With more and more patients, more and more paperwork, more and more demands and expectations, more and more required training and regulations, and fewer and fewer full-time GPs and less and less time, the NHS is gradually straining to cope. The key to the NHS is the GPs , who see and treat 92% of the patients yet get less than 10% of the budget. How can they learn to cope and deal with the superhuman demands put on them. Its not something ever taught in medical school. Dr. Deen has allowed us to share a revealing glimpse of what life is like, and the coping strstegies used by these 5 "Slow" GPs, and it probides some useful tips on how to deal with the workload and demands and responsibilities.
I am a GP trainee in final year at the moment, I find time management challenging and these books gave really useful insights into different views of GPs. I picked up some very helpful tips for my own practice: Thankyou
As a GP curious about consulting styles, I find it very interesting to see how some of my colleagues consult. Not only that, how do they view their own styles and are they happy with that? In 'Slow GPs', 5 GPs share their views on running consultations over-time and how this affects their day. There are useful insights for GPs on how what delays or slows a consult, and some of them are quite unexpected. There is no judgement on the 'right' or 'wrong' way to consult, neither should there be. However we should be aware of the impact the late running of a surgery has on ourselves, staff, fellow GPs and the patients. This is the first book of its type I have seen and I look forward to reading more. It is short and to the point, and is well worth an hour of your time.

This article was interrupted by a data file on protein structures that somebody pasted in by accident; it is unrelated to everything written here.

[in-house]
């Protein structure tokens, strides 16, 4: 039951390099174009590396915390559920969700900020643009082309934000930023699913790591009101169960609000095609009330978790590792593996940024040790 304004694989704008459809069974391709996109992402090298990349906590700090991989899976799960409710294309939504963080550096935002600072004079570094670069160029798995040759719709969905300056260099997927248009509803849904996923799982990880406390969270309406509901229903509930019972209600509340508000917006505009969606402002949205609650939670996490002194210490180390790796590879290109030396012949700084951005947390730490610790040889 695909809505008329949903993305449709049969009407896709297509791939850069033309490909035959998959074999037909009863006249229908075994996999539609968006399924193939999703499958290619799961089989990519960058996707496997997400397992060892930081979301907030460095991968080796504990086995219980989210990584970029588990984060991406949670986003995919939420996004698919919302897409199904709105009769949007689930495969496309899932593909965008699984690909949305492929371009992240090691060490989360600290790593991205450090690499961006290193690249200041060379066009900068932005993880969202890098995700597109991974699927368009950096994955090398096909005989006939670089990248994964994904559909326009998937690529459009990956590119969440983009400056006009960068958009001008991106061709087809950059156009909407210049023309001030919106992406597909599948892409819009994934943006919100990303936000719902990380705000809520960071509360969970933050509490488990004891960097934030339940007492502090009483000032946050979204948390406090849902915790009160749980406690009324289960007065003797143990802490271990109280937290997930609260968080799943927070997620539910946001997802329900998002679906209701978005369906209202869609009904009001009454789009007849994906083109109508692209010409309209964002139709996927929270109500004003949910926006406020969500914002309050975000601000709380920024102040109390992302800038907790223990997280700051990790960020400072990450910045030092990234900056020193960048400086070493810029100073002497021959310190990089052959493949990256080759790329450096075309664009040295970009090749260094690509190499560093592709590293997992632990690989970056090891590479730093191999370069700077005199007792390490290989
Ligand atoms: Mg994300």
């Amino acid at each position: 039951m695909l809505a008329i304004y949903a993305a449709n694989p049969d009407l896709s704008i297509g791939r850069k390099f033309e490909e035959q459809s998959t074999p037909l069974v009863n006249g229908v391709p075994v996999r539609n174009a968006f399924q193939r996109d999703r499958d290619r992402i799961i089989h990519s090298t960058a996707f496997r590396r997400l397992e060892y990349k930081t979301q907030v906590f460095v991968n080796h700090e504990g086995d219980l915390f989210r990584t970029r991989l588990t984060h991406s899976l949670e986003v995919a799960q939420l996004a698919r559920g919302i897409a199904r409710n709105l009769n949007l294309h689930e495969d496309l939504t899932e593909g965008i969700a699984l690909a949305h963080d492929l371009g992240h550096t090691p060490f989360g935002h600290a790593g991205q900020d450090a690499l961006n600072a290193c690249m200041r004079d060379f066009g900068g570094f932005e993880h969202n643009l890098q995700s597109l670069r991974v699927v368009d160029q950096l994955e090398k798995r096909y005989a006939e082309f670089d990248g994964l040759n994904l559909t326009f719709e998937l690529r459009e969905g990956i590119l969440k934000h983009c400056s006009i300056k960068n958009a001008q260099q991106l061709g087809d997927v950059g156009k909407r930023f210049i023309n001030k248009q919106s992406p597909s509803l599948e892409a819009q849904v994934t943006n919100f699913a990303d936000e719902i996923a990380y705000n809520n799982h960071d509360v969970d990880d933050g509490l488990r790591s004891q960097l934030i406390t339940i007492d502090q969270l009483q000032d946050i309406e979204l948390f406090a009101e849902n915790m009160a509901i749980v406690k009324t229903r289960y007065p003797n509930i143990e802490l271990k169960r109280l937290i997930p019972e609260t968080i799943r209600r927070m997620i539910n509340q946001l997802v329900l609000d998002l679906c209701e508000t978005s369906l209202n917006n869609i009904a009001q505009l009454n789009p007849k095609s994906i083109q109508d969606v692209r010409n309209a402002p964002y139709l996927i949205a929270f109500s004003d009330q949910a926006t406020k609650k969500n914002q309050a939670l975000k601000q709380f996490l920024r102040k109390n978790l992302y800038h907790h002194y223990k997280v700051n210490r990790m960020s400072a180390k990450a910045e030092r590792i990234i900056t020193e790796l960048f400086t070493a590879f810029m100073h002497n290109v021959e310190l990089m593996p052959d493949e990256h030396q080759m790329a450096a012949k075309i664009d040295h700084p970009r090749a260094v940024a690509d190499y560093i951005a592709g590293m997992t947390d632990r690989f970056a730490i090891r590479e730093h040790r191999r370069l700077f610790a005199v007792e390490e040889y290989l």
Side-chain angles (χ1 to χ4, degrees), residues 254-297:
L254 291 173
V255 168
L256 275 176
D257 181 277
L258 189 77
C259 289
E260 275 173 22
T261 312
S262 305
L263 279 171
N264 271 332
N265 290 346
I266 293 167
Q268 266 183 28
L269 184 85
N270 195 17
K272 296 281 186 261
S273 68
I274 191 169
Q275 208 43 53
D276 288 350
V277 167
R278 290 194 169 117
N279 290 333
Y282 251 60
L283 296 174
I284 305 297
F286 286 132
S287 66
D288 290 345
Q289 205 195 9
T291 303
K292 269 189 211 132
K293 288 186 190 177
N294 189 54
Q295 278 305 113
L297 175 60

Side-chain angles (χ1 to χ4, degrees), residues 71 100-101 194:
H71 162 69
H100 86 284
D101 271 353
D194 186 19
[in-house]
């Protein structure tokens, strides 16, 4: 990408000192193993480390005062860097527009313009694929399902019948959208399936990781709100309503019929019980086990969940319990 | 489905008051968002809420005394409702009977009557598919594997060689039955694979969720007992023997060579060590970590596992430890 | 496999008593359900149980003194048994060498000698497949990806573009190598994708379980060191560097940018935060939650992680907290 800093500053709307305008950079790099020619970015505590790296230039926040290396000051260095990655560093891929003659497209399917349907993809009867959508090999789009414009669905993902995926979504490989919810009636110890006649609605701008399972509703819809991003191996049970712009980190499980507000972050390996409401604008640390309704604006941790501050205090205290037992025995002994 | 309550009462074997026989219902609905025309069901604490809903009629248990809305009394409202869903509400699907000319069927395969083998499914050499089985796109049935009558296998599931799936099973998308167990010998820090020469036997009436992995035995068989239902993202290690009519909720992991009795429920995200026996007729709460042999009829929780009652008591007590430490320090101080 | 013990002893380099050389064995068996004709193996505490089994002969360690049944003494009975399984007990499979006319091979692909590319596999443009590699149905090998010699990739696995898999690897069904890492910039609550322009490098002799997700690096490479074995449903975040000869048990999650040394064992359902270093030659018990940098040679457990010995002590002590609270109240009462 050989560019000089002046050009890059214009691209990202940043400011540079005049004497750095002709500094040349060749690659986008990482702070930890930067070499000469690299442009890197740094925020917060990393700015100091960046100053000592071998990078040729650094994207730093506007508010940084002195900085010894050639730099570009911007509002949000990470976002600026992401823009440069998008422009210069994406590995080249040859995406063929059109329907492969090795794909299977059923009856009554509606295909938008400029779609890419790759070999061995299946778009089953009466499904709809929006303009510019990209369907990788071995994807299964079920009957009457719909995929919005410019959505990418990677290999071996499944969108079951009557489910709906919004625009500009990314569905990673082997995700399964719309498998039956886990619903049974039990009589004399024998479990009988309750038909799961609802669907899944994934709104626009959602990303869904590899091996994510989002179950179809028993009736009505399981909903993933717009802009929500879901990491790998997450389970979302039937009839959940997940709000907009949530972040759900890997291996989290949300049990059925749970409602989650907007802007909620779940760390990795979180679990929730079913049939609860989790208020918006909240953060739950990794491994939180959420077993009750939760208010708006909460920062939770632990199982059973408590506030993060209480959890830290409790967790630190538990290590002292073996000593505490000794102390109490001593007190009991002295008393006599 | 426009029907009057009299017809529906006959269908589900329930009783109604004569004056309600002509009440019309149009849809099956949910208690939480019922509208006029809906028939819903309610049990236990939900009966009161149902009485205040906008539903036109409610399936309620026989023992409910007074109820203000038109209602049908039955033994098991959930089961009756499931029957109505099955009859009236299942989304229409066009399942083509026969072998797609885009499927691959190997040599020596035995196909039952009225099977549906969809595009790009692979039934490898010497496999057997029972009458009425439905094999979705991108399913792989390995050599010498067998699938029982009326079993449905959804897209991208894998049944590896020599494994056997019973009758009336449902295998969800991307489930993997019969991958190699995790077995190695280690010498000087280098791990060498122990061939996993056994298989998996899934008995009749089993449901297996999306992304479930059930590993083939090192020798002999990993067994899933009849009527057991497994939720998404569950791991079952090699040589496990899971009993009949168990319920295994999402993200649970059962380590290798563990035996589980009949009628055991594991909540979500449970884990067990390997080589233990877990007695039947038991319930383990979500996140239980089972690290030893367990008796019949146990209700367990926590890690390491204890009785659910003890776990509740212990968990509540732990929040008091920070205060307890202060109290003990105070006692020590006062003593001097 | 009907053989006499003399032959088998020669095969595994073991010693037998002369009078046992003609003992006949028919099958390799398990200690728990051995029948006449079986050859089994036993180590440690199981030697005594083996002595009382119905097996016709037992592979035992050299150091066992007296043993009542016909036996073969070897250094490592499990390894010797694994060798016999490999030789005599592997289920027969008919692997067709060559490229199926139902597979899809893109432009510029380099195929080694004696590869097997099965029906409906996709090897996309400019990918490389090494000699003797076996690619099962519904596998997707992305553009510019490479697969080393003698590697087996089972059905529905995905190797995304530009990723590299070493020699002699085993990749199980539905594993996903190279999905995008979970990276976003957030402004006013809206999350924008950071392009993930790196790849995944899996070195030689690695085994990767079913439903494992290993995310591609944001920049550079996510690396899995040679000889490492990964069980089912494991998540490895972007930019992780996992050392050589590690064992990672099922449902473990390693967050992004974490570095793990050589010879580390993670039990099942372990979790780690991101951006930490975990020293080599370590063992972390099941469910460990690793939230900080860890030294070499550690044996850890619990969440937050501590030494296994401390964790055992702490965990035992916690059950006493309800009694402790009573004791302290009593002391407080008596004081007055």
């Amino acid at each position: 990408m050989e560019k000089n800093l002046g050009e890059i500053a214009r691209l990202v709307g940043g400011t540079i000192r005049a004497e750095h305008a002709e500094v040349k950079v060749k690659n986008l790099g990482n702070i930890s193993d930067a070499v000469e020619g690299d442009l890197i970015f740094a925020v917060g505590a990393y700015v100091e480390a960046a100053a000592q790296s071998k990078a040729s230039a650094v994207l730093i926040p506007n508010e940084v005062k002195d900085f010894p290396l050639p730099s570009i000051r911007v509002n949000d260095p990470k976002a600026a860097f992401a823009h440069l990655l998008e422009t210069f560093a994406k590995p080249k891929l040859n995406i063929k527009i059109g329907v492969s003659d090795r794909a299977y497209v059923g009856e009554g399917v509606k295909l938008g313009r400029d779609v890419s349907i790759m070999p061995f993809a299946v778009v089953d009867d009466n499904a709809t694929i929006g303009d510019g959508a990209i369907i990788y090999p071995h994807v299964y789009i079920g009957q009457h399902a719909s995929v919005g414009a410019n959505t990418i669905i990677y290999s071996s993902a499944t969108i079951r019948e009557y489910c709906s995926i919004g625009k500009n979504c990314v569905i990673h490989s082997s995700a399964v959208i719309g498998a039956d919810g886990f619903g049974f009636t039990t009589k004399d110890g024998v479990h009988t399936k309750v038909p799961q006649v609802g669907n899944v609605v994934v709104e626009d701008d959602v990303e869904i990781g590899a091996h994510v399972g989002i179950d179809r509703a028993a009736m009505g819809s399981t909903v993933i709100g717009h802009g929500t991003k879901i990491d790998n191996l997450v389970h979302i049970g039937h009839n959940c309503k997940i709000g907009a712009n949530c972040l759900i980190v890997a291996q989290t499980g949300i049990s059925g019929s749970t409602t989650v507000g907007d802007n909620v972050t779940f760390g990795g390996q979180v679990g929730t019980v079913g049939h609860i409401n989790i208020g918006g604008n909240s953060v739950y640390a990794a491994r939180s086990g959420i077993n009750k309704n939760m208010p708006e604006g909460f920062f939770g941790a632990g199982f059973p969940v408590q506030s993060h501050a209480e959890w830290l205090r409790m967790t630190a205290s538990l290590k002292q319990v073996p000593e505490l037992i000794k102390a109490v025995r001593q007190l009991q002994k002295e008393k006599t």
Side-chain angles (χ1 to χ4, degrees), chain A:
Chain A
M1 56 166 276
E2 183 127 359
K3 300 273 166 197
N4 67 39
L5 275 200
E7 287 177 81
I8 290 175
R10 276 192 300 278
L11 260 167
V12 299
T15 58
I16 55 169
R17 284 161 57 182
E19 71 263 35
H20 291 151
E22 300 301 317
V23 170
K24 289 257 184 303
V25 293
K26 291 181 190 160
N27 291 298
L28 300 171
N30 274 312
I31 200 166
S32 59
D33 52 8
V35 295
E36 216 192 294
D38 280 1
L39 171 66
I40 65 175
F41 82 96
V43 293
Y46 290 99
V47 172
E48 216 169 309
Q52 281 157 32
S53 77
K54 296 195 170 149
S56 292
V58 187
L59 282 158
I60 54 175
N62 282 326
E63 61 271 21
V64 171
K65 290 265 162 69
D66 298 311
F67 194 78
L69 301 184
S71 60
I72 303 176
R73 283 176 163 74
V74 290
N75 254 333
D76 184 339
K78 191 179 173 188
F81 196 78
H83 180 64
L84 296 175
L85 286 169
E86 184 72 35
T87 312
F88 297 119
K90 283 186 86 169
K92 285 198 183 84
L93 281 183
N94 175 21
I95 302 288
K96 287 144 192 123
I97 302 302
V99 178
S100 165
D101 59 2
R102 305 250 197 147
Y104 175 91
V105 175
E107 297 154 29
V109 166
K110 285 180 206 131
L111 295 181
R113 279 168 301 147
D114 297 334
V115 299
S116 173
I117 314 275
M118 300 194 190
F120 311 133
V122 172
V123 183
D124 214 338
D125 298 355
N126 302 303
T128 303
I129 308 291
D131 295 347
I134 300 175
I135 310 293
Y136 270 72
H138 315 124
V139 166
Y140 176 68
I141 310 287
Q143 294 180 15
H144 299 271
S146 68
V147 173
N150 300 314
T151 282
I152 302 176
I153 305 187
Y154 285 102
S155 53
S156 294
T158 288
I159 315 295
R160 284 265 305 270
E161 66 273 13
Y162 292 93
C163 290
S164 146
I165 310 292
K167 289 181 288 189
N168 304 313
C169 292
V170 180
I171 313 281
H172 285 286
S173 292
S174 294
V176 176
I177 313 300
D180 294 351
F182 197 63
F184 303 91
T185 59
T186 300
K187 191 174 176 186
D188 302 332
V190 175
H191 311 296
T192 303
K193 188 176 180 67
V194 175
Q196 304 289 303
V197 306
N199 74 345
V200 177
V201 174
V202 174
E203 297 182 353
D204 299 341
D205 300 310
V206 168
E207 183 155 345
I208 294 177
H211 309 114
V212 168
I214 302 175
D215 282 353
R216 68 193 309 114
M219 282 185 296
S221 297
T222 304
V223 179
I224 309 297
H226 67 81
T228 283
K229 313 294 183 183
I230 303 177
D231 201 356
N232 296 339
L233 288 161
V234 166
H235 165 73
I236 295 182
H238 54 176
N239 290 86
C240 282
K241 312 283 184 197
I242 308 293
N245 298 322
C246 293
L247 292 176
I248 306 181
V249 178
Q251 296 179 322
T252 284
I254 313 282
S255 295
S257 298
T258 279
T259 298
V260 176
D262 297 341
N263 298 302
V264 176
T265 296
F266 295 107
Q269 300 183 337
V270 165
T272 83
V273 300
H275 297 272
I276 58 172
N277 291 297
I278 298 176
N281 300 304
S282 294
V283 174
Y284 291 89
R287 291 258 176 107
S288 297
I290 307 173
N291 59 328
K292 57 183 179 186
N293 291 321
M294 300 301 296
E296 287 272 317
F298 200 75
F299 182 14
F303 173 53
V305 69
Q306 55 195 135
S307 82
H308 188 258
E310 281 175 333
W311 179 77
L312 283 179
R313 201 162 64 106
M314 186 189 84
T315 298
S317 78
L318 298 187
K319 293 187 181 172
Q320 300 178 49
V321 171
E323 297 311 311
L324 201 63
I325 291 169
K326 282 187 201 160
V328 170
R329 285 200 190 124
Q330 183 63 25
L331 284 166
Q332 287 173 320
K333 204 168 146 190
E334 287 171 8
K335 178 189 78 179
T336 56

What a refreshing and fascinating insight into what makes slow consulting GP's tick, and how one can learn from these findings. Would truly recommend this book and encourage all of us to reflect on something that is often consigned to personality type, but actually may be more under our control than we thought-timekeeping and survival in the consultation for the GP themselves.